(Repeats to additional subscribers)
* Saudi pumps more as Europe, China economy weakens
* Lower oil prices make it easier to apply sanctions
* Congress working to finalize next package in July
By Timothy Gardner and Roberta Rampton
WASHINGTON, June 27 For most of this year, the
threat of tough U.S. sanctions on Iran, the world's
third-largest oil exporter, helped push crude oil prices higher
and higher, adding a menacing headwind for struggling global
But in the past few weeks, a combination of higher output
from Iran's rival Saudi Arabia and economic troubles in China
and Europe have pushed oil prices down 25
percent, putting the threat of sanctions back squarely on Iran.
As June 28 approaches - the day the law allows U.S.
President Barack Obama to enforce sanctions on countries that do
oil deals with Iran's central bank - Washington is revving up
efforts to tighten the squeeze on Tehran.
Lawmakers in Congress hope to finalize in July a new package
of sanctions aimed at further crippling Iran's oil revenues
after international talks in Moscow last week failed to convince
Tehran to scale back its nuclear program.
"Thanks to Saudi production increases and the slump in
Europe, it appears that we can have our cake and eat it too,"
said Suzanne Maloney, a senior fellow at the Brookings
Institution's Saban Center for Middle East Policy.
"We can exact a painful price on Tehran for its
recalcitrance and avoid any blowback to our own economy, at
least in the near term," Maloney said.
Countries in the West believe Iran is working on building
nuclear weapons, while Tehran has maintained its nuclear program
is strictly for civilian purposes.
Iran's oil exports have fallen as much as 1 million barrels
per day, worth about $90 million as the sanctions and an EU
embargo starting July 1 push its crude customers to seek
alternatives, according to industry sources.
Iran, OPEC's second-largest oil exporter, has a reserve fund
of $80 billion to $100 billion that can shield its leaders from
the drop in revenues, analysts say, but that cushion only pushes
sanctions backers to turn up the pressure.
"Enough is enough. It's time to fully implement crippling
sanctions on Iran," said Howard Berman, the top Democrat on the
House Foreign Affairs Committee.
"We must finish the process of cutting off Iran's access to
the global financial system, close loopholes in sanctions on the
Central Bank of Iran, and tighten the screws on the Islamic
Revolutionary Guard Corps and the regime's energy and shipping
industries," Berman said.
NEXT UP: MORE SANCTIONS
Congress wants the White House to push even harder on Iran.
Last December, before Obama had even signed off on the banking
and oil sanctions, the House of Representatives had already
passed two more bills with additional punitive measures to close
what lawmakers see as a laundry list of glaring loopholes.
The Senate followed, finally passing its version of the bill
in May. The sanctions are designed to crack down on transactions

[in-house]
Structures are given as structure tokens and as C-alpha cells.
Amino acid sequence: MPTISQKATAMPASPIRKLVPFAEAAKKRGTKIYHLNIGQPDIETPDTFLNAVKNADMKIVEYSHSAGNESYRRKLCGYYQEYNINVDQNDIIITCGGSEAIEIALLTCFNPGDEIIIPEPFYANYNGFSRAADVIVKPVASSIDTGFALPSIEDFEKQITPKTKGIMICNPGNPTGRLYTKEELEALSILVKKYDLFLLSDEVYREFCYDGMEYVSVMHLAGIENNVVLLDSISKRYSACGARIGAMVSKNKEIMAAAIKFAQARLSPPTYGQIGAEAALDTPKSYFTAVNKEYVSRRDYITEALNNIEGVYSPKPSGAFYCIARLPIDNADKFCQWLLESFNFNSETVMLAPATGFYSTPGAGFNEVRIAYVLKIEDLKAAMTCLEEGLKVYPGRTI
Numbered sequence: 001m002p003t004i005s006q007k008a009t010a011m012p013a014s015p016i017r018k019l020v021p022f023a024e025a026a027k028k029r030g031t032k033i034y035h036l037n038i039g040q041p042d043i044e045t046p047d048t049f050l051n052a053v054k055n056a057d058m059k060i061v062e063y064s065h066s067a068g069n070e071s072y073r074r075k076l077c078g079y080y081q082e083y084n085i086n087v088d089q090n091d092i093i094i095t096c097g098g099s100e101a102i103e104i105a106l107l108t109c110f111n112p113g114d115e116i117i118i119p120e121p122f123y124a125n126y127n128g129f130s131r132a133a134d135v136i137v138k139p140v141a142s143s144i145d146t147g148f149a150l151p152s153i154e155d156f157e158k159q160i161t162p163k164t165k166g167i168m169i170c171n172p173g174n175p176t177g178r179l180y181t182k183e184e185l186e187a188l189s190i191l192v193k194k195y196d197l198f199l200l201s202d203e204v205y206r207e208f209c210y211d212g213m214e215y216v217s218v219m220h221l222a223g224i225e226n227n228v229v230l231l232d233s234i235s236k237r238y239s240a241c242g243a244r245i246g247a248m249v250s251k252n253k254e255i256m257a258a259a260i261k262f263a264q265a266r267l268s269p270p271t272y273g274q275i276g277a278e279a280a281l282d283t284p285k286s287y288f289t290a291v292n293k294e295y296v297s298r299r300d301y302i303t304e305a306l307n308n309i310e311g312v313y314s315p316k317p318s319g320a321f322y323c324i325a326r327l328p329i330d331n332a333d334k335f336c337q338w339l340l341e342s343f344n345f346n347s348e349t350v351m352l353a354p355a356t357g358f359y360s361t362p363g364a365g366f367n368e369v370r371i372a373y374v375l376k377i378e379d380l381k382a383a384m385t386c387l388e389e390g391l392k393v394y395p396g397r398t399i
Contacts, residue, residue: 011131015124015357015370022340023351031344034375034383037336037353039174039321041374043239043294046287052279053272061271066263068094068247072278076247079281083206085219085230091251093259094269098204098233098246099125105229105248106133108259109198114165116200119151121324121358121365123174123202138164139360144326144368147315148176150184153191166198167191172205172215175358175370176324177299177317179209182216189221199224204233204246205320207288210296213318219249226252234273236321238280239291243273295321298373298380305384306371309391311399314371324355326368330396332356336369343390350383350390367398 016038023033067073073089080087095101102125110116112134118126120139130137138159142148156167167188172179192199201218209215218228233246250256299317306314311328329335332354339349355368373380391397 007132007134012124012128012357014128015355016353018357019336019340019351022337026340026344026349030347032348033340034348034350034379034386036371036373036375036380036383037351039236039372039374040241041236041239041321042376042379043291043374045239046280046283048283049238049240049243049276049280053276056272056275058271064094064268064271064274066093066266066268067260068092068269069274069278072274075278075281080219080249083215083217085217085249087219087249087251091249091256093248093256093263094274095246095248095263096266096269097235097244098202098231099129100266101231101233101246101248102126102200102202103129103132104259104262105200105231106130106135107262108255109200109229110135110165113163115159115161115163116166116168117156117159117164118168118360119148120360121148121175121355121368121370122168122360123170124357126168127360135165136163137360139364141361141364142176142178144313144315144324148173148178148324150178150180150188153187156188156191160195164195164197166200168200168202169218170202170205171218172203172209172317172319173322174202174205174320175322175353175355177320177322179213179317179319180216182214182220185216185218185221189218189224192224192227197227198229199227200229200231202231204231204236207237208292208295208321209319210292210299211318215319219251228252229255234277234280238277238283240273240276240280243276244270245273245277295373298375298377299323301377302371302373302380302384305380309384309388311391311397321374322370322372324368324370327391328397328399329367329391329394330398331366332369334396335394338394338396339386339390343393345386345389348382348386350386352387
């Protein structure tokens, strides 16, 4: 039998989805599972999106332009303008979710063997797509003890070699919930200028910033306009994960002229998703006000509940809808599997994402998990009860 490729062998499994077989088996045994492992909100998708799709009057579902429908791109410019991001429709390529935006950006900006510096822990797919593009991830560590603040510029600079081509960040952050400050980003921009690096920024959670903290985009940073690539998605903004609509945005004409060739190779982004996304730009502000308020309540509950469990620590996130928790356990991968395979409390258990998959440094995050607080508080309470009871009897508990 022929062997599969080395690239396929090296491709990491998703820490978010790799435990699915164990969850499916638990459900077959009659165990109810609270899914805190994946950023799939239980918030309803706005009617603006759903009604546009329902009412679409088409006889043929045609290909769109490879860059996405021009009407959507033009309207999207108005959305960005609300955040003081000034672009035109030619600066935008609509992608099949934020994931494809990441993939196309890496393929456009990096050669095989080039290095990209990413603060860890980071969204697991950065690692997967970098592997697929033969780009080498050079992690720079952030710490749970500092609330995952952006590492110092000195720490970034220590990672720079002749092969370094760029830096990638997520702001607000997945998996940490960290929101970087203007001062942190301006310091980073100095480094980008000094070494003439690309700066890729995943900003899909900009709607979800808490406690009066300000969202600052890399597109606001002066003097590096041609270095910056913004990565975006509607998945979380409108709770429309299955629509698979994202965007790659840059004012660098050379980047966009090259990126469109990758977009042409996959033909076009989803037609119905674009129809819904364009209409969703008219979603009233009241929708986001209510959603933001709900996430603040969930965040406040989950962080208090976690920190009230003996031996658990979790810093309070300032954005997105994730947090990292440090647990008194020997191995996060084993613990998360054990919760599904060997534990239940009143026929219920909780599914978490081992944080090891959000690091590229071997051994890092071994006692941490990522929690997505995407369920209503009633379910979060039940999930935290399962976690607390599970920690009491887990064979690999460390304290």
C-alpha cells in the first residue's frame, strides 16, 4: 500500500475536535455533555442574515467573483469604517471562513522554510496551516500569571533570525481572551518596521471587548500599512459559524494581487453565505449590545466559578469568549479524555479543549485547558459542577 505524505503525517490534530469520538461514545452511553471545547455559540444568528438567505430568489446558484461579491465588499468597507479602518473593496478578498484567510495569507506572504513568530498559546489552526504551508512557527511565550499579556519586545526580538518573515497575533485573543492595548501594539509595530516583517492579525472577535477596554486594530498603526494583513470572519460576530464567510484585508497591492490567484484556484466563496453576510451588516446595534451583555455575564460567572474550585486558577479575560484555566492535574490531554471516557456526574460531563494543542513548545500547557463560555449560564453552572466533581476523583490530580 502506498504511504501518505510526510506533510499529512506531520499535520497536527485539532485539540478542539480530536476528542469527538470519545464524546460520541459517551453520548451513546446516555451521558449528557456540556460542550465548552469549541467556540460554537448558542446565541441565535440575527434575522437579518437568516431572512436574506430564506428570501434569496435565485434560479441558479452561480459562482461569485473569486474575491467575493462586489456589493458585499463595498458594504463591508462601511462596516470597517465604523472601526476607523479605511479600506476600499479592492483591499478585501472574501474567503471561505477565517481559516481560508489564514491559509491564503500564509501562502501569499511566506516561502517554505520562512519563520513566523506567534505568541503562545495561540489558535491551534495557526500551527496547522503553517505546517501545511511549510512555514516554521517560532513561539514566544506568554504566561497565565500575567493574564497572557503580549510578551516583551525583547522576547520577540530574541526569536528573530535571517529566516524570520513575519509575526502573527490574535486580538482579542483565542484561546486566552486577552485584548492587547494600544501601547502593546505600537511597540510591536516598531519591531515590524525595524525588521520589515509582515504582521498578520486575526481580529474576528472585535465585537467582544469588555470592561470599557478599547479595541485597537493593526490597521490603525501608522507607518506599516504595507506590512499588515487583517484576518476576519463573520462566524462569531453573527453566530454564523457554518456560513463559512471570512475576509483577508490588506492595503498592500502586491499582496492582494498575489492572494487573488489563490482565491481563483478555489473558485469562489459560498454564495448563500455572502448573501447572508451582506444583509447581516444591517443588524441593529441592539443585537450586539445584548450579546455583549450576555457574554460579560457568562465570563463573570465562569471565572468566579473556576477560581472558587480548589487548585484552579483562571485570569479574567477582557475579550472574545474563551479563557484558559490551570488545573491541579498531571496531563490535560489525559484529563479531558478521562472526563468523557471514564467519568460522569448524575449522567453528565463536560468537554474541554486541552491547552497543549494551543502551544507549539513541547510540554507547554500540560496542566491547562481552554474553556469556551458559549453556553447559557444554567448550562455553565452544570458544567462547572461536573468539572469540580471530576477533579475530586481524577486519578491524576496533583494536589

with Iran's national oil and tanker companies, and hamper
Iranian banks' ability to transfer funds electronically.
"House and Senate stakeholders are meeting now and comparing
preliminary drafts of a final sanctions law," a congressional
To quickly sort out the differences between the two
versions, the bill may be ping-ponged "between the chambers"
rather than negotiated through a more formal conference process.
"We're trying to see if we can get the House either to
largely accept what we put through, or to come to what would be
a quick staff conference that would lead us to a final
conclusion that we could ratify," said Democratic Senator Robert
Menendez, who helped craft the Iran sanctions package.
Some lawmakers want to add provisions to address loopholes
they believe may allow Iran to move money through accounts held
by others, including from energy companies.
Also in play is a proposed U.S. ban on insurance to oil
cargoes, except for those countries that have received
exemptions allowing them to continue a lower level of imports.
Menendez said "one or two" new measures may be added, but
said he favored quickly moving the existing bill.
"While there's things I'd like to see, I'd be happy to
impress upon the Iranians that we're going to continue to
ratchet up the consequences," Menendez said.
Obama also has opportunities to crank up the pressure. His
administration has granted exemptions to the sanctions to every
major buyer of Iran's oil but China. Japan, for instance, got an
exemption for cutting purchases for about 20 percent.
In coming months, the administration could push buyers to
cut purchases even more, because the sanctions law requires it
to update the waivers every 180 days, said Kenneth Katzman, a
Persian Gulf expert at the Congressional Research Service.
But to do that, Washington may need Saudi Arabia to keep
production near current levels, the highest in decades. And that
is no sure thing, given weakening prices. "This probably cannot
go on indefinitely," said Brookings' Maloney.
(Edited by Russ Blinch and Lisa Shumaker)